South Korea’s Ministry of Unification confirmed Friday that its vice minister met with US Forces commander and head of the UN Command Vincent Brooks a day before the UNC rejected Seoul’s plans to test-run a cross-border railway.
“On Aug. 22, Vice Unification Minister Chun Hae-sung met with Gen. Vincent Brooks to explain and ask for cooperation on various matters concerning inter-Korean ties such as the reunions of families separated by the Korean War while exchanging opinions on joint survey of cross-border railways,” the ministry’s deputy spokesperson Lee Eugene said during a regular press briefing.
The announcement comes a day after the UNC and a Unification Ministry official told reporters that the UNC declined the request to allow South Korean officials and trains through the demilitarized zone, bisecting the two Koreas. The UNC oversees the cease-fire agreement that ended the 1950-53 Korean War and activities within the DMZ.
The request was for a weeklong test run of a six-car train from Seoul Station on Aug. 22 to the military demarcation line, which would switch to a North Korean train from the inter-Korean border to Shinuiju, situated near the North Korea-China border.
The UNC sent a message to a group of reporters citing Seoul’s lack of “details for the proposed visit,” with sources saying that Seoul had failed to meet the guideline of providing notification 48 hours in advance.
But critics have pointed out that the UNC has shown flexibility regarding the “48-hour” rule on previous occasions. The request was submitted on Aug. 21.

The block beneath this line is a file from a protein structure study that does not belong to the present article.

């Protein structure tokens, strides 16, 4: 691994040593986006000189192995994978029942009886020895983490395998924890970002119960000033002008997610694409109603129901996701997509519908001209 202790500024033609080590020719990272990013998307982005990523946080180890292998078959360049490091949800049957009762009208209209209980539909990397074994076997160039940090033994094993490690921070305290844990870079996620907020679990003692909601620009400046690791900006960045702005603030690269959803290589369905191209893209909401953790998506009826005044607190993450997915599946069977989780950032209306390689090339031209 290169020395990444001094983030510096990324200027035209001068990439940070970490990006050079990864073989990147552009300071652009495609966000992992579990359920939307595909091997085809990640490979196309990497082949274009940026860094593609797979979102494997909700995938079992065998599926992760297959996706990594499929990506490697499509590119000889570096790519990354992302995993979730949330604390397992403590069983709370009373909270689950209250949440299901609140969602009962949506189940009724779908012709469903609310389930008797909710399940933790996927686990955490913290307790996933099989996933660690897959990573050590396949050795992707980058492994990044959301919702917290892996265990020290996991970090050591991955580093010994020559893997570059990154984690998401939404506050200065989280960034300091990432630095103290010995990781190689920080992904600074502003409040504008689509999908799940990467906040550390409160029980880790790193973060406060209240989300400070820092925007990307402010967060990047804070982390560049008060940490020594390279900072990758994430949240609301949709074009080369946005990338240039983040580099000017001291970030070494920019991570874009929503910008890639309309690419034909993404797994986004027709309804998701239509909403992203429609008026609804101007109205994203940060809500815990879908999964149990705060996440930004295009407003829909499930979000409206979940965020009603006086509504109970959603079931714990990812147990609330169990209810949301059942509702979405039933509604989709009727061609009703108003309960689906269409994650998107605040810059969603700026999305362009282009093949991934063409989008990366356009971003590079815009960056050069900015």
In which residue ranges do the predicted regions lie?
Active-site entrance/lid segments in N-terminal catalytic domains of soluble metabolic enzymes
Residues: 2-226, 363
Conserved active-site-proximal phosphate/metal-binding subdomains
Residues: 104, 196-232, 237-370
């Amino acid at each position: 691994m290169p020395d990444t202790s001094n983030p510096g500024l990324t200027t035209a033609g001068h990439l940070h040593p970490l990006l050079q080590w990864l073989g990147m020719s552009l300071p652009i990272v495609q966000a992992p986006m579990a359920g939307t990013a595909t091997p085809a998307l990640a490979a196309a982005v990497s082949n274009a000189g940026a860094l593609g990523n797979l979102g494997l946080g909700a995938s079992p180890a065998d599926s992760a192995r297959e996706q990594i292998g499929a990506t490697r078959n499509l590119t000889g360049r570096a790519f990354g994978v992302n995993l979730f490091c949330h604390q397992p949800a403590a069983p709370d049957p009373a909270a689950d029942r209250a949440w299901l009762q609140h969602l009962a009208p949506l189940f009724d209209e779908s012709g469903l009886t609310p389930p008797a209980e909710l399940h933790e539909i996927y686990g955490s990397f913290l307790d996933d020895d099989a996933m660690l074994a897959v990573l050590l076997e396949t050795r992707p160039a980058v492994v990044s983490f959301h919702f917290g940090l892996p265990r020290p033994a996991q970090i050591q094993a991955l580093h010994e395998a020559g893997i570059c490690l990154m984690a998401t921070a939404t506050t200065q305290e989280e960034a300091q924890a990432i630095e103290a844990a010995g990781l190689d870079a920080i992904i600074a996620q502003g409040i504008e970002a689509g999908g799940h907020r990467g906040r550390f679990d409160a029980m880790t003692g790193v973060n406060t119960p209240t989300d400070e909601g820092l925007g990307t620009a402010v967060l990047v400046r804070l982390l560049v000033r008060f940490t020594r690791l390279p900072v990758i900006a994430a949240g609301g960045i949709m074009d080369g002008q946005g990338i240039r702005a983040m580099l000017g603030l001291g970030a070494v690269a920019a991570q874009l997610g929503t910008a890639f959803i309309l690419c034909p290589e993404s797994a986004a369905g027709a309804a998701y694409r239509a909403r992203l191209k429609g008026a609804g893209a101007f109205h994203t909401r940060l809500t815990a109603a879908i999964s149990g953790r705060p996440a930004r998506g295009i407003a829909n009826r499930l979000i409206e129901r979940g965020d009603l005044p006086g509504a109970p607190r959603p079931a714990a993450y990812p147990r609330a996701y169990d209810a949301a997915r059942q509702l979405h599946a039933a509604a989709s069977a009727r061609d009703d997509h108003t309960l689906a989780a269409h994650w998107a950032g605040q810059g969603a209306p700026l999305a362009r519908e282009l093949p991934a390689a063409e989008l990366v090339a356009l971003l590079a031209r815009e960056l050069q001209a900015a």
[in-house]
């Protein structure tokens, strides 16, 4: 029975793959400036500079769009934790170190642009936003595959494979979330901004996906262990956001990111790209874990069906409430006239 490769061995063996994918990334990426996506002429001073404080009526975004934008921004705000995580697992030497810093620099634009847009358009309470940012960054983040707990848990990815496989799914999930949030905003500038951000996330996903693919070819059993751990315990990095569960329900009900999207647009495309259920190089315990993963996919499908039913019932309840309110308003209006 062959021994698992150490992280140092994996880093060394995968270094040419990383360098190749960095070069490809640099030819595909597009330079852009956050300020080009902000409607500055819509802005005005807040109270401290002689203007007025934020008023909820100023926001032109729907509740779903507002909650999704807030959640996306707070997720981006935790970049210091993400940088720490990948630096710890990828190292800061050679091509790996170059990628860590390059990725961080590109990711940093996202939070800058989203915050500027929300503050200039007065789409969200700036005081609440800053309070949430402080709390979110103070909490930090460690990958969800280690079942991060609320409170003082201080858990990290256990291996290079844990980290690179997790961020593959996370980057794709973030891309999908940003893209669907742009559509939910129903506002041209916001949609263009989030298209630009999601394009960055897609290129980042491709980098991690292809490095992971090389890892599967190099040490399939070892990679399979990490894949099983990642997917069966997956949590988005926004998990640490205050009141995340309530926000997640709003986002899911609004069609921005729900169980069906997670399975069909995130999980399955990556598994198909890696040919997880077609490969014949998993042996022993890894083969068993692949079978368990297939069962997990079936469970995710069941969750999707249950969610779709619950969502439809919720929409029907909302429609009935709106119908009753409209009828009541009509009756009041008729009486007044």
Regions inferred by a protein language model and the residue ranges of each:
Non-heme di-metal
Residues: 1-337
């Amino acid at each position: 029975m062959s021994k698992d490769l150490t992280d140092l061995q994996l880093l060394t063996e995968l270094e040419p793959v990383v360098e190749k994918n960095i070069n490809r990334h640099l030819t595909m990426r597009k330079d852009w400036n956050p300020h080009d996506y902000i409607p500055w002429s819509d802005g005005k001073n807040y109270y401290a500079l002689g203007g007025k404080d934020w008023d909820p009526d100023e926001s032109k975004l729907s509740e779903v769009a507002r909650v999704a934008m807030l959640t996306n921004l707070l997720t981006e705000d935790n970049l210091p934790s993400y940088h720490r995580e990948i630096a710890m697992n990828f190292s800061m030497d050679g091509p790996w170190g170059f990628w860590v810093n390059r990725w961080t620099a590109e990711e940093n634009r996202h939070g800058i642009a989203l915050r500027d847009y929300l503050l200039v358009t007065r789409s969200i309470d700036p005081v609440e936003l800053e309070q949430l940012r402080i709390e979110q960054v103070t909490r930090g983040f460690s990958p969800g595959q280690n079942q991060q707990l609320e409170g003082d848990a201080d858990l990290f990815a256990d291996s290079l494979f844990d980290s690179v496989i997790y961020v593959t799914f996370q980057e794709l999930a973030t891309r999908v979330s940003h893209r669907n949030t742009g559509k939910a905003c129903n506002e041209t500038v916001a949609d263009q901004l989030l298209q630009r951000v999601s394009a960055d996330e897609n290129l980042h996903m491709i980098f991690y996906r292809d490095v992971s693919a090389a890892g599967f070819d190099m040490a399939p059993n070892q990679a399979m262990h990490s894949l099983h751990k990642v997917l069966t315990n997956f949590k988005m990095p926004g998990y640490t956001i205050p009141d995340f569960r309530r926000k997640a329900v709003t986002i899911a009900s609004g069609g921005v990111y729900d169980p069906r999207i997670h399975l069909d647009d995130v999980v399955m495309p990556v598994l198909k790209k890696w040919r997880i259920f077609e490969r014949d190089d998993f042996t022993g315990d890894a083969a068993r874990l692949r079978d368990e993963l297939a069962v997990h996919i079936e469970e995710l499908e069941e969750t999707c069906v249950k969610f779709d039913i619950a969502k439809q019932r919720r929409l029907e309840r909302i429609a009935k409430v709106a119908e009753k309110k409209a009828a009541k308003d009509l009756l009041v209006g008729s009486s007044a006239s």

Reiterating that that joint survey is not subject to sanctions against North Korea, Lee said that Seoul is currently negotiating with the US and the North on the matter, and plans to announce a new itinerary once all “preparations” are complete.
However, when asked to address the view that the UNC was concerned about the fuel that were to be used in the test-runs, Lee evaded a direct answer and declined to confirm whether oil was included among the list of items they were planning to take to the North.
Experts have interpreted the UNC’s decision as a warning from the US to the South to keep inter-Korean relations in tandem with progress in denuclearization talks.
The two Koreas have been working toward expanding cross-border economic cooperation since the April summit between its two leaders, but the US has repeatedly said that the sanctions will remain intact until complete denuclearization is achieved.
By Jung Min-kyung (firstname.lastname@example.org)